- The Washington Times - Wednesday, August 13, 2003

A barrier to doing business over the Internet has been the lack of a satisfactory way of paying small amounts for things.

Various approaches have been tried, but few have been successful. A new service, BitPass.com, hopes to change this. If it works, it will allow owners of Web sites to charge a per-use fee for access.

Who would want to accept payments of a few cents? Probably a whole lot of people, for things nobody has thought of yet. In particular, sites that sell information or, as we say in computerspeak, “content.” A few examples:

Sites offering seldom-used but important reference works. If you want to use the Oxford English Dictionary (www.oed.com), it’s online but costs $550 a year for a subscription. Few need the OED enough to pay so much. Yet millions of students and researchers might pay 10 cents per word or a dollar for 20 minutes of access.

Newspapers and magazines. Today, if you want to read the Wall Street Journal online, you can buy an online subscription with a credit card for $79. But if you are traveling in Japan and want to read them without paying for an entire online subscription, how do you do it?

Non-mainstream journalism. On the Web, one finds many sites offering political commentary of interest to specialized readerships (e.g., lewrockwell.com, for libertarians). If these tried to charge for a year’s subscription, most people would shy away. But if readers could get a day’s access for a nickel, by clicking once, they would probably think twice.

Ten-thousand nickels start being real money. Here is a commercial potential of the Internet that has only begun to be exploited: If the cost of providing content is low (a dictionary already in existence, downloadable music, a column written in spare time), then very small payments from a tiny proportion of Internet users around the world can add up.

So why is there no good way to charge for information? Because the existing methods are too awkward or have excessive transaction costs. Credit cards work fine over the Internet nowadays, but for transactions of a few cents, they don’t make sense.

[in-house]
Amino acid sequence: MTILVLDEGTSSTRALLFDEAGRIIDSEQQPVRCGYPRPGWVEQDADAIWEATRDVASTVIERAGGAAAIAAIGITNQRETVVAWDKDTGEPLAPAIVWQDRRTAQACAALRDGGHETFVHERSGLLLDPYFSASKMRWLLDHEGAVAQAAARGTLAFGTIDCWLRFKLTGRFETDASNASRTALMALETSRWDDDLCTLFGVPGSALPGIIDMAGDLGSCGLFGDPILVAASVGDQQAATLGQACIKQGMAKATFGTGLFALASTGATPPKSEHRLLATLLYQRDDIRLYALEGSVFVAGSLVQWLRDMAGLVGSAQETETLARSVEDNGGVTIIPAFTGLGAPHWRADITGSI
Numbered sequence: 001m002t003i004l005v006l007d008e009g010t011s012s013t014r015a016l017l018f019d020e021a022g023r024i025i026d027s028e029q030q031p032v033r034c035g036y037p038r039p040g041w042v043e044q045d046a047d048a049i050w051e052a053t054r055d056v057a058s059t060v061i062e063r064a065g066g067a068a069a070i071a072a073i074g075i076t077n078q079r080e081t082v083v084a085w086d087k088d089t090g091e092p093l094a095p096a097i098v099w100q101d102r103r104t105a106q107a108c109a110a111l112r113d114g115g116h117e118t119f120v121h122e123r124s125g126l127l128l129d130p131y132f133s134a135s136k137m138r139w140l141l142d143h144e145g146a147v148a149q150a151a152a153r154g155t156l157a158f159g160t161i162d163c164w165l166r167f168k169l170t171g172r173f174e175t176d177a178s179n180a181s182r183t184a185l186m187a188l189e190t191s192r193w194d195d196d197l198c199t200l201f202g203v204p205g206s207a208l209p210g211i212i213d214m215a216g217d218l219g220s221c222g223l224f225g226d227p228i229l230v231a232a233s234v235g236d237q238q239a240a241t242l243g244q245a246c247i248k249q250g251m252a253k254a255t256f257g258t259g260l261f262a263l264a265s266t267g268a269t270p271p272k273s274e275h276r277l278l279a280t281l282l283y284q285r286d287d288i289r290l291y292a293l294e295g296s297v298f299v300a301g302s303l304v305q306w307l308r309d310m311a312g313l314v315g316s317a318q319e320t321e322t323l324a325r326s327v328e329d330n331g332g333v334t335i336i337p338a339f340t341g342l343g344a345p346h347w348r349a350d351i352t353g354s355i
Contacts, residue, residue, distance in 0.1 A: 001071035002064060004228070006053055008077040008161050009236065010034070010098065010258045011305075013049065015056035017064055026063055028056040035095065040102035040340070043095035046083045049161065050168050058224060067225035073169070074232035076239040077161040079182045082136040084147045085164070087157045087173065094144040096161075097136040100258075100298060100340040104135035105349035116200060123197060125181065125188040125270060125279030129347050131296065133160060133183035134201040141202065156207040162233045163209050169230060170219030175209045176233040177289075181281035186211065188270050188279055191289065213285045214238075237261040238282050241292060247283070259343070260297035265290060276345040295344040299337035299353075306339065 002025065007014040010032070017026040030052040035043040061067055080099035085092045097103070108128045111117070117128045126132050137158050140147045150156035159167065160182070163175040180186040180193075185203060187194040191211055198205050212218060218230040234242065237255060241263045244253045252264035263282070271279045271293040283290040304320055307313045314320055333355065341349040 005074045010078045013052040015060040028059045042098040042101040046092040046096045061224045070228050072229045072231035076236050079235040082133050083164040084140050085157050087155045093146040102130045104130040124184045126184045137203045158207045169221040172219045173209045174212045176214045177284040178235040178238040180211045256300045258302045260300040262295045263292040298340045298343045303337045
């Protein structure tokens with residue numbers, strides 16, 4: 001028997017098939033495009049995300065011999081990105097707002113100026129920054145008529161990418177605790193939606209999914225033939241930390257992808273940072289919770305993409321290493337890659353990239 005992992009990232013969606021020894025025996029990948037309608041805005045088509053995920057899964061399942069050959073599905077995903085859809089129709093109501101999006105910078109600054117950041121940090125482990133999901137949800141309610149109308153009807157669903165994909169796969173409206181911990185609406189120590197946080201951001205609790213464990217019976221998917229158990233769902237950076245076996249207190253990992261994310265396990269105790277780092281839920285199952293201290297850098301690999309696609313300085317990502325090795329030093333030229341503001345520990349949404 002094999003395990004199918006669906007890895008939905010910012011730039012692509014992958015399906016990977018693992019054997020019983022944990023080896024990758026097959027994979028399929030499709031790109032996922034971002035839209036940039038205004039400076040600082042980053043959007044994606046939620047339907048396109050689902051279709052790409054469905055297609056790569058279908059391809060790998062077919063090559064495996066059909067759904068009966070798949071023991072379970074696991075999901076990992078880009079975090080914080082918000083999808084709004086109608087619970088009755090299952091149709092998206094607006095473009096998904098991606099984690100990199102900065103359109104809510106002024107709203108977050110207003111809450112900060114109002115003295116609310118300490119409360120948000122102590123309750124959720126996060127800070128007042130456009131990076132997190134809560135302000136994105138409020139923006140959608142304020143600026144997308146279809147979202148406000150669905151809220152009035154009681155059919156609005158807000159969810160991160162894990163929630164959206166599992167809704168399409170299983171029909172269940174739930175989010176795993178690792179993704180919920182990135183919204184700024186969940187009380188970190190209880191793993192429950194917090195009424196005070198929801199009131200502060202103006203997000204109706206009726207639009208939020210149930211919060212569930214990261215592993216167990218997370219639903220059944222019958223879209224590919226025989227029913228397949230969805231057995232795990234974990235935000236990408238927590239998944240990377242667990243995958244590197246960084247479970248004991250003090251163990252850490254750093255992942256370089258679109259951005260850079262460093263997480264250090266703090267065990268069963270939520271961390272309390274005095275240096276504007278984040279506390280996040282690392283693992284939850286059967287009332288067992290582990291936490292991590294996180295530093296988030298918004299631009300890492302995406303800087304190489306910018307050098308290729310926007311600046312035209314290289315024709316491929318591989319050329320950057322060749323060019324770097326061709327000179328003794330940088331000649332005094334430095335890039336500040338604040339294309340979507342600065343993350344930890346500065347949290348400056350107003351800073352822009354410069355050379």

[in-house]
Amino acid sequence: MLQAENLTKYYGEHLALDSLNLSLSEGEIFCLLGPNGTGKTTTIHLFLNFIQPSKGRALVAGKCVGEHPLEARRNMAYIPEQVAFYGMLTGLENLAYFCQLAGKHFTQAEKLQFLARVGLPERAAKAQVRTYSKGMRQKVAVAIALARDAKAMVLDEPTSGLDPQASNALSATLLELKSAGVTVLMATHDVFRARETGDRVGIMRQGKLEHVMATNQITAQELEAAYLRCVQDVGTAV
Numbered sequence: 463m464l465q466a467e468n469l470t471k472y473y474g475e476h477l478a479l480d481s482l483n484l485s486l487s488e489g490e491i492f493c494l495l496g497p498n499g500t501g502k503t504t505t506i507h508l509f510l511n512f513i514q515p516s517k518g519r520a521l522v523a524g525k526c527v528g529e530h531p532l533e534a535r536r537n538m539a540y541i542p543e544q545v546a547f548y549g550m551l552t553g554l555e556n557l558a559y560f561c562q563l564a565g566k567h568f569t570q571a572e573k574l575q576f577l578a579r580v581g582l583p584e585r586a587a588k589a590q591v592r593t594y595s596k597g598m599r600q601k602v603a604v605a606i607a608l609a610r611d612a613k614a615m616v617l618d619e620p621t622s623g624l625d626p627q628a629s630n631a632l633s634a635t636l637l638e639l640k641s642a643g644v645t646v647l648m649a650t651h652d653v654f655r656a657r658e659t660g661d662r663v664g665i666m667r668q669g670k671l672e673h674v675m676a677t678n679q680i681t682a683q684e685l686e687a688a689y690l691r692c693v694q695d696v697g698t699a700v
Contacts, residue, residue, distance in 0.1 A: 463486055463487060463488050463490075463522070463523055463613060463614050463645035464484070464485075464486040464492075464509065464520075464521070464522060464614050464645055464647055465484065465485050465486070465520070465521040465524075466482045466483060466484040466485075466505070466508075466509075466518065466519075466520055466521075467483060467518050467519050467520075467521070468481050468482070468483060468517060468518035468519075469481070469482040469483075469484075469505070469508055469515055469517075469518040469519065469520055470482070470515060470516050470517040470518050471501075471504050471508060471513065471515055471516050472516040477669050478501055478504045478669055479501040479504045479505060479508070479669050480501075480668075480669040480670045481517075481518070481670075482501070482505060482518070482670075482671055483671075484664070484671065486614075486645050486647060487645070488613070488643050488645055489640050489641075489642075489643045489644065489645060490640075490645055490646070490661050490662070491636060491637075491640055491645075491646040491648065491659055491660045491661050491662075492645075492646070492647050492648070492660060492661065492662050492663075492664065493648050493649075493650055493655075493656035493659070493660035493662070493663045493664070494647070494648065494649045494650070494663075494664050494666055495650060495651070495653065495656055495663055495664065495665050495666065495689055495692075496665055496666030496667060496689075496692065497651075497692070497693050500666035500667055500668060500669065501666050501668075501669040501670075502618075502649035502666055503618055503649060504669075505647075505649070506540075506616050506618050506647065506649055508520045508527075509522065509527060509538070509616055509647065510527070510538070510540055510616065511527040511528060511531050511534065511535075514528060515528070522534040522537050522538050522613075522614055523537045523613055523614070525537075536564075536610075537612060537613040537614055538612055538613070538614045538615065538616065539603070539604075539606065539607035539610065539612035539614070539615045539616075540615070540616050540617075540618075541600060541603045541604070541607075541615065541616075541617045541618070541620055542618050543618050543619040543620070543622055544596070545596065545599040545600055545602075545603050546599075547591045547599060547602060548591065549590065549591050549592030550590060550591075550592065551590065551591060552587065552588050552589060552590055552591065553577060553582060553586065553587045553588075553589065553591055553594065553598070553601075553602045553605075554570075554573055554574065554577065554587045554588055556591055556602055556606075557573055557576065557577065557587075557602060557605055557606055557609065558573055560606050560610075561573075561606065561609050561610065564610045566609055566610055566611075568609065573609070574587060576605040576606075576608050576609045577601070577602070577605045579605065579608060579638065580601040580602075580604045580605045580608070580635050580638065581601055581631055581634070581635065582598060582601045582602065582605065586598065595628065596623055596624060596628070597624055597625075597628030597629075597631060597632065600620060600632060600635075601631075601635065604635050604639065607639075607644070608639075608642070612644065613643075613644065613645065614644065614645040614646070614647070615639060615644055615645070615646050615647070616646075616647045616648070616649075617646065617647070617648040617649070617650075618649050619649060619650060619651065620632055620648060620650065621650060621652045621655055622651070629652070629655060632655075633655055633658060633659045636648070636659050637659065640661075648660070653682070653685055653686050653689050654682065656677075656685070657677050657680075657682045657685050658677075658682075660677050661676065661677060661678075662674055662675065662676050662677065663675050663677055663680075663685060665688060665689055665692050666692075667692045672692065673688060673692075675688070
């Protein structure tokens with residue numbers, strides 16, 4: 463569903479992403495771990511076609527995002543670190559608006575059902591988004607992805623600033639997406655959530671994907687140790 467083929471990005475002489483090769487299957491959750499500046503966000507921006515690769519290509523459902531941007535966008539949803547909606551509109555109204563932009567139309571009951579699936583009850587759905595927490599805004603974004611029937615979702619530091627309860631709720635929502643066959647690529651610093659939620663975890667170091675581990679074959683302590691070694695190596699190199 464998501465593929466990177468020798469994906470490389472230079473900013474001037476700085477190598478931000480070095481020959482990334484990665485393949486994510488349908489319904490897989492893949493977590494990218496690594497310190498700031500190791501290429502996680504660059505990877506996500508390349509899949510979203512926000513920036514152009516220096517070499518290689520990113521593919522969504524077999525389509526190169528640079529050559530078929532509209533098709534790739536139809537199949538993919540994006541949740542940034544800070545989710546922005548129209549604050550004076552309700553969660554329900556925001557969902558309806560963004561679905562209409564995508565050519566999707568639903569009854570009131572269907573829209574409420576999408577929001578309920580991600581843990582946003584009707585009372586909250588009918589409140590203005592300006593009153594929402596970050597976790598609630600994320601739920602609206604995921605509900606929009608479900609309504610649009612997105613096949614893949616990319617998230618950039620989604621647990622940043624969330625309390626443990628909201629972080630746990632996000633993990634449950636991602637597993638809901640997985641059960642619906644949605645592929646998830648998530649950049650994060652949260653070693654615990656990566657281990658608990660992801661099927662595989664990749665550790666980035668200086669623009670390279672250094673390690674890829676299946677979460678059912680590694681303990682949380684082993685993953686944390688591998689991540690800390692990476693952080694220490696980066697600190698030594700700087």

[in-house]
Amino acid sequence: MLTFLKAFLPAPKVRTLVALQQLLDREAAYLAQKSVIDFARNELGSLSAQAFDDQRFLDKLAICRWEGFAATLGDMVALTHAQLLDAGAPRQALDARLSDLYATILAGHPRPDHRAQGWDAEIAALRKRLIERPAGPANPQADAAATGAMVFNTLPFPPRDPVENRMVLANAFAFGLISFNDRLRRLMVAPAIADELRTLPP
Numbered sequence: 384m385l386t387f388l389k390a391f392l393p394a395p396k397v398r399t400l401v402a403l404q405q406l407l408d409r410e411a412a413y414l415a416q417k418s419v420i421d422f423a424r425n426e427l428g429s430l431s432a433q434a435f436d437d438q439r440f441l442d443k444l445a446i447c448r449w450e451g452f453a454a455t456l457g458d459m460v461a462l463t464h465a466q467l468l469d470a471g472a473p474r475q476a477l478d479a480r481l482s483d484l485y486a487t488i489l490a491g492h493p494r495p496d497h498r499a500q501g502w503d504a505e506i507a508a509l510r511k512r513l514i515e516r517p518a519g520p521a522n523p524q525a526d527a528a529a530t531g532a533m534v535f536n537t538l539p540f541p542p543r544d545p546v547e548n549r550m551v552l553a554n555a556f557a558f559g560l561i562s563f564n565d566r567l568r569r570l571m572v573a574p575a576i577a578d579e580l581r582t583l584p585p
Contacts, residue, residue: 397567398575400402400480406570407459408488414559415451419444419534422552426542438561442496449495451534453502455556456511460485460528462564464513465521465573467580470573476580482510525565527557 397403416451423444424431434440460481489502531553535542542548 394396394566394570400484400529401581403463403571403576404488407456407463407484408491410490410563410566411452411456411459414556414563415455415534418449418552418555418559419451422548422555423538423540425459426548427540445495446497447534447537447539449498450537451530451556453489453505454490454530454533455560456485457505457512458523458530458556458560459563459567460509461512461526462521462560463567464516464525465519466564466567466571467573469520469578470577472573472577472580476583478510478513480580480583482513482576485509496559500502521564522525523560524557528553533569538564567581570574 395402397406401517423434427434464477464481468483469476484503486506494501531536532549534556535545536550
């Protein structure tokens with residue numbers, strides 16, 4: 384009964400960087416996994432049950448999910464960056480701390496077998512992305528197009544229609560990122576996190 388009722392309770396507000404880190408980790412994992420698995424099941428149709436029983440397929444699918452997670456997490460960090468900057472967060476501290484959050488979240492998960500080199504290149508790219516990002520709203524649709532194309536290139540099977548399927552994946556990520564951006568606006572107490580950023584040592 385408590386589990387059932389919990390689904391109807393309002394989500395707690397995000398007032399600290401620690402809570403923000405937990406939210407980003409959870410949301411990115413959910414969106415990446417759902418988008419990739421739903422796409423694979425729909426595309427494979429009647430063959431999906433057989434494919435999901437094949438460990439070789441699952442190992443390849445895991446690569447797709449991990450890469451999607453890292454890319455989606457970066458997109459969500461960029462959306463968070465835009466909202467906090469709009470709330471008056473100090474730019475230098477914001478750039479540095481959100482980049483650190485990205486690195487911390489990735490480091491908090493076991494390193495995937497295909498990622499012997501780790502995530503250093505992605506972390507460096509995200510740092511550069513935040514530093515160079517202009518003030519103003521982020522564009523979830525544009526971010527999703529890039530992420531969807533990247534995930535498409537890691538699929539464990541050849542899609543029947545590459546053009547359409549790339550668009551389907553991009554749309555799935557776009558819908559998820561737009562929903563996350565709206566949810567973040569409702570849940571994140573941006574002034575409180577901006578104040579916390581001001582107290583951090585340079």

So how do you transfer small amounts of money by computer easily without transaction costs eating up the profit?

PayPal.com comes to mind. With it, you sign up online and type in your credit-card information. Thereafter, you can send money to and receive money from any other PayPal user. It’s fairly leasy to use, but not easy enough for micropayments.

One problem is that PayPal charges 30 cents per transaction plus a percentage of the total amount. Further, you can’t use it to control access to a Web site, making it useless for small payments.

Enter BitPass.com. It is a promising attempt to allow payments of a few cents. Just now, it is in beta — which, in computer talk, means the company thinks it’s close enough to working to let the public test it. It’s not final, and I don’t know how good it is.

If you want to use BitPass to pay for things, you go to the BitPass Web site and, using PayPal or your credit card, deposit money (as little as $3) with BitPass. Thereafter, as you make purchases, the amount of the purchase is debited. The selling site has to have a BitPass account, which the company hopes will become common.

As BitPass explains it, when you want to peruse the Daily Bugle, you go to the Bugle’s site and click on a BitPass-enabled link. BitPass in conjunction with software that the Bugle installs on its server identifies you as having paid, and lets you read the paper.

Says BitPass, “There are no setup or monthly fees. For items priced $0.01-$5.00, the transaction fee is 15 percent. For items priced $5.00 and higher, the transaction fee is 5 percent + $0.50.”

Bingo. Tiny payments. Slick, if it works.

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